Why Yoga Alliance? We are part of the yoga community, and we are on our own journey towards supporting a more equitable yoga. We recognize the many challenges we face and that this is the first step of many to come. In the spirit of svadhyaya, Yoga Alliance and the Yoga Alliance Foundation recognize the discomfort of this work and embrace it, continuing our self-study as we engage in continuous reflection, education, and training along this lifetime of learning. Our desire is for a deepened understanding of inequities and exclusion within yoga, and for spaces that welcome, support, include, and are accessible to all communities. Yoga Alliance is committed to supporting changes that will move yoga towards greater equity, as we believe in the potential of yoga, and we welcome all of our members and the broader yoga community to join, inform, and continue the work in this effort.

What’s next? We will invest our resources to facilitate greater awareness of, and responsibility to, equity in yoga within our membership and the broader yoga community. This investment starts with the Ethical Commitment, which includes an updated Code of Conduct and new Scope of Practice that contain enhanced attention to anti-harassment, anti-discrimination, explicit and informed consent, and active inclusion, amongst others. It will continue with the release of our introductory Equity in Yoga course and our support of events and activities that showcase a more diverse range of voices and lived experiences. Our goal is to collectively embark on this journey and to play a role in meaningful change through work founded in the spirit of yogic principles. We acknowledge that this work will likely be different for each of us, and we invite you to share in this responsibility and join us in our journey towards greater equity in yoga.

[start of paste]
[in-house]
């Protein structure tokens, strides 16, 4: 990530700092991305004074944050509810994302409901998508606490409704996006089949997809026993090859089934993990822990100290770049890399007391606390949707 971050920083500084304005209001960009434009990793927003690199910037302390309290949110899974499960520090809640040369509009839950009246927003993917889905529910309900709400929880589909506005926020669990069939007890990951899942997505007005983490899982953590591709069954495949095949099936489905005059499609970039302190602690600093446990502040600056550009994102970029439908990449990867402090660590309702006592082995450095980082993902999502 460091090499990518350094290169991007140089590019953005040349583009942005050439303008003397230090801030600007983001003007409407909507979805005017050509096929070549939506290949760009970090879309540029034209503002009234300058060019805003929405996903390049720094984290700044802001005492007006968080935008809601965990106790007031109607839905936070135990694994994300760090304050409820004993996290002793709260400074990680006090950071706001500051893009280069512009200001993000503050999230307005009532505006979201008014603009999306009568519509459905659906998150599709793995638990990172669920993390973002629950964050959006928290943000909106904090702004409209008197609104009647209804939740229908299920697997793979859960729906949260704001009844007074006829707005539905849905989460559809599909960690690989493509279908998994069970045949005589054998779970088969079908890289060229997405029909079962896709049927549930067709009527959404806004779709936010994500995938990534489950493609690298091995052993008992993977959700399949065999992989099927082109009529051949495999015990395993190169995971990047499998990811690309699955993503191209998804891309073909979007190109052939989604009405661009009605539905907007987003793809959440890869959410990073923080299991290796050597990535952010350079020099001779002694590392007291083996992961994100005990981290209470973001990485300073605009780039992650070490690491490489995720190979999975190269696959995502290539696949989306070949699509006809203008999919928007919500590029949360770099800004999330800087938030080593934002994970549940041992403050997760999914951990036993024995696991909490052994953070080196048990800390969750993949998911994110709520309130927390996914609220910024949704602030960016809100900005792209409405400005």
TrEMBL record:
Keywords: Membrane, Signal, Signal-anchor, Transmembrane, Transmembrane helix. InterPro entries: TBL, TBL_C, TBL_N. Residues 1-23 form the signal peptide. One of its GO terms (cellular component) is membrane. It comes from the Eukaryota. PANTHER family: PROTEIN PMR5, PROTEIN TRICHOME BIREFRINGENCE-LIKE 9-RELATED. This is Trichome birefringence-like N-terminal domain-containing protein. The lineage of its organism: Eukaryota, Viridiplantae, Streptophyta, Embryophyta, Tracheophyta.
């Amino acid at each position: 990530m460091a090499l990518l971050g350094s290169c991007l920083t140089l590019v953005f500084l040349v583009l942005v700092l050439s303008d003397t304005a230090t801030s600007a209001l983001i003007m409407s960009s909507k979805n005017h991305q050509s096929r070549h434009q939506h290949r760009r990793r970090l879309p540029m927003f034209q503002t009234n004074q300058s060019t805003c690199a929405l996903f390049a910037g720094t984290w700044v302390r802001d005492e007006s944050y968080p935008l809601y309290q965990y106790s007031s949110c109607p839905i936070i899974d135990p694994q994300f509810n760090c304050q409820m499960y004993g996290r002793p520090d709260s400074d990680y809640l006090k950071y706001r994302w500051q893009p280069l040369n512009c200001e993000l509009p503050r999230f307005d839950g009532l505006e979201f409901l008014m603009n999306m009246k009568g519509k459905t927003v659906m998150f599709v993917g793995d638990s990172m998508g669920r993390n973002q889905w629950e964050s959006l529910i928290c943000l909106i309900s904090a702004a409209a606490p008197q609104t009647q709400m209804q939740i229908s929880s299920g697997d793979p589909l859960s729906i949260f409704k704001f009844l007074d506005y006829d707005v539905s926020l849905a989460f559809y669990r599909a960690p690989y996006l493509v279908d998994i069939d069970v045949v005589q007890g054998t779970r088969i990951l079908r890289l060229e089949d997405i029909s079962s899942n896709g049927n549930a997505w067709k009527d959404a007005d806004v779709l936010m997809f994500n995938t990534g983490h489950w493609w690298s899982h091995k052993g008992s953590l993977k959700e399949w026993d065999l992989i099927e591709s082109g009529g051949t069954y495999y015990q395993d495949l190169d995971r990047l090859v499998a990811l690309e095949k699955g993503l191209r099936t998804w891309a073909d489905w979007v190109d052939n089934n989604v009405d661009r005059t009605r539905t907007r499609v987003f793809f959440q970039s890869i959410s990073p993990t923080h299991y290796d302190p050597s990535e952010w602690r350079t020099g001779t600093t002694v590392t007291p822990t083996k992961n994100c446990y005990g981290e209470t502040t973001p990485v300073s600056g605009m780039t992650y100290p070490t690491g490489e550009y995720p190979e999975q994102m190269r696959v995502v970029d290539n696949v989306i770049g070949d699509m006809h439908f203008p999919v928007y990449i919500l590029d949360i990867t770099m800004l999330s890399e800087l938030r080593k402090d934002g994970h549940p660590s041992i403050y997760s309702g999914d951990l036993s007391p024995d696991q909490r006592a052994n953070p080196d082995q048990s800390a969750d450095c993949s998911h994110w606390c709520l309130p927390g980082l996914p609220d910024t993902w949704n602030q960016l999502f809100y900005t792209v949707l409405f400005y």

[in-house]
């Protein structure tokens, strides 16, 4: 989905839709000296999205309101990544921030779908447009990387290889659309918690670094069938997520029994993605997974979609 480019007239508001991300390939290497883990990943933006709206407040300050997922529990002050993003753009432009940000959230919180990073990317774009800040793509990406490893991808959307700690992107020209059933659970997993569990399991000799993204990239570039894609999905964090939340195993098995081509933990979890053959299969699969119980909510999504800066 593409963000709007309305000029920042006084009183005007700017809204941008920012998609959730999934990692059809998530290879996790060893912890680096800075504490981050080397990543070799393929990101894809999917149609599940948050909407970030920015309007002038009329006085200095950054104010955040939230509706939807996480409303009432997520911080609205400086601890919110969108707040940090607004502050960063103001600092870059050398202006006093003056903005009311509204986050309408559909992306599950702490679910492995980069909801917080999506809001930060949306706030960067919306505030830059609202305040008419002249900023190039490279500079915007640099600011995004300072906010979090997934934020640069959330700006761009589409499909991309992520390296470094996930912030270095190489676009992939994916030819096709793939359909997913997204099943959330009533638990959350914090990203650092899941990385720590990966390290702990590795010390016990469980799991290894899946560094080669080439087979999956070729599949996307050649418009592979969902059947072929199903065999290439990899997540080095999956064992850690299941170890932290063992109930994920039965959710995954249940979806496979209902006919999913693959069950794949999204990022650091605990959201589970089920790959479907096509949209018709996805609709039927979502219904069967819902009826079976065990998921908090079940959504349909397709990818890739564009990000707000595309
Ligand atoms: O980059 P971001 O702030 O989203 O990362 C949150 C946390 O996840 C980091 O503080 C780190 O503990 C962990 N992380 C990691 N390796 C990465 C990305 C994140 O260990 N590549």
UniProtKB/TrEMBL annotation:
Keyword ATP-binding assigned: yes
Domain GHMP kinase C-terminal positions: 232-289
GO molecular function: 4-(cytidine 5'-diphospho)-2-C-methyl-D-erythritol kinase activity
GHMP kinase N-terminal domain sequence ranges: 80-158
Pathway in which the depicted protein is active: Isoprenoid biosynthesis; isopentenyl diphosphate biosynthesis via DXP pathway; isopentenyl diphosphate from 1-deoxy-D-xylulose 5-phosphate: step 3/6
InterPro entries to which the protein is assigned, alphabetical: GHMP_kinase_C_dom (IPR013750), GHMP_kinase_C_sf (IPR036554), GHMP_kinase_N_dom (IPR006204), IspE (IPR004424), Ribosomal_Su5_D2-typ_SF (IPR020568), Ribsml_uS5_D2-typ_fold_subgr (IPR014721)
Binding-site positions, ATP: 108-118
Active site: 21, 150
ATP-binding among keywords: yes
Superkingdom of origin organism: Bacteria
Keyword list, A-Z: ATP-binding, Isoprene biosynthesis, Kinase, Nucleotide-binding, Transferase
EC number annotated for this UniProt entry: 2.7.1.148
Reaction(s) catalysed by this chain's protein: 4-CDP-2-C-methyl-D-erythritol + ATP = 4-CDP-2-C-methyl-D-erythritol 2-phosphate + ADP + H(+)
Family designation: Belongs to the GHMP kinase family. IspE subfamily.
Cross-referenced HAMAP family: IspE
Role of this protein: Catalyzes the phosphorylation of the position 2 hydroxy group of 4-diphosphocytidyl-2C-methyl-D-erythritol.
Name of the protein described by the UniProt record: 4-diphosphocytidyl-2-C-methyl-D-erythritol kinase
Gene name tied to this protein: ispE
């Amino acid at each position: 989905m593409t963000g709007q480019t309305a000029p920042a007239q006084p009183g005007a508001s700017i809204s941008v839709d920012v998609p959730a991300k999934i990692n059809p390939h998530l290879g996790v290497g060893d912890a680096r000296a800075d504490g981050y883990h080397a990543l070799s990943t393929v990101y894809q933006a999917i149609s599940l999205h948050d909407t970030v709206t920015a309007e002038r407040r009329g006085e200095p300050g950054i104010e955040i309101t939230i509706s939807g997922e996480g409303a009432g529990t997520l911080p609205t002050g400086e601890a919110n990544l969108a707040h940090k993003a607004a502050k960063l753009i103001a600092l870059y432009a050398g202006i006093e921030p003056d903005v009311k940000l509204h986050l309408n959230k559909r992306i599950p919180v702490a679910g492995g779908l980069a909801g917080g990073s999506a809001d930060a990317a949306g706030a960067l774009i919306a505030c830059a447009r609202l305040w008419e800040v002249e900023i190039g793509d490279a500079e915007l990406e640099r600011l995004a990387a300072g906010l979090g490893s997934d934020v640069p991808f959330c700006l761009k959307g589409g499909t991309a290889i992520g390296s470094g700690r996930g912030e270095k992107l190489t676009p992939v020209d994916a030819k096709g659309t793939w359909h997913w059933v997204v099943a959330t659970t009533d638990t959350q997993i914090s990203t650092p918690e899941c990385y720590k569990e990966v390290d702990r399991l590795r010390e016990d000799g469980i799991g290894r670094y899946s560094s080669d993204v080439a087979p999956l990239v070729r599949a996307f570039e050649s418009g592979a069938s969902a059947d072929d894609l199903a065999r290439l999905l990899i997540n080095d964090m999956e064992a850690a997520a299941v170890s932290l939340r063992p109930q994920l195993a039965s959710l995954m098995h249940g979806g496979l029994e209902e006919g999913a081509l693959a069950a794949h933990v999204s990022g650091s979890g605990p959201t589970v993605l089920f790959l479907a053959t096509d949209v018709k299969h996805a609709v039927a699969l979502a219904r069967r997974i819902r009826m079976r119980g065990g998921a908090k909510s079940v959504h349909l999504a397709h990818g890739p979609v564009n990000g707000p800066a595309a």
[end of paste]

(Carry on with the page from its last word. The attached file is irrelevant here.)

About Sunday morning

Sunday Morning Contemplation is informed by Eastern and Western contemplative traditions. The first, lectio divina has its origins in 6th century Europe. It unfolds in four steps or stages: reading (lectio), reflecting (meditatio), responding (oratio), and silent abiding (contemplatio). Our Eastern inspiration come from the Indian Upanishads (800-200 BCE), where contemplative practice consists of three steps or stages: listening (śravana), reflecting (manana), and meditating (nididhyāsana or dhyāna). Our contemplative practice on Sundays embraces both approaches, and each contemplation will be based on a reading from either tradition.

The texts and teachers I have chosen played a significant role in my life and I believe have much to offer. I will read presellected texts, slowly, with pauses between verses or quotes. The readings will be accompanied by soothing background music. To lessen distraction, I suggest participants close their eyes and listen. However, the screen will display the text so that people can choose to read along or mute the sound and read on their own. If there is time remaining after the contemplative period, participants can choose to either leave or stay for a short discussion.

As a preface to the reading, I will provide a 10-15 minute introduction to the text. When relevant, I’ll review facts about the author/teacher’s life. I will also present a brief explanation of the terms and language encountered in the reading.

Finally, when the contemplation is over, all texts read will be available online to read and/or download at any time on the website.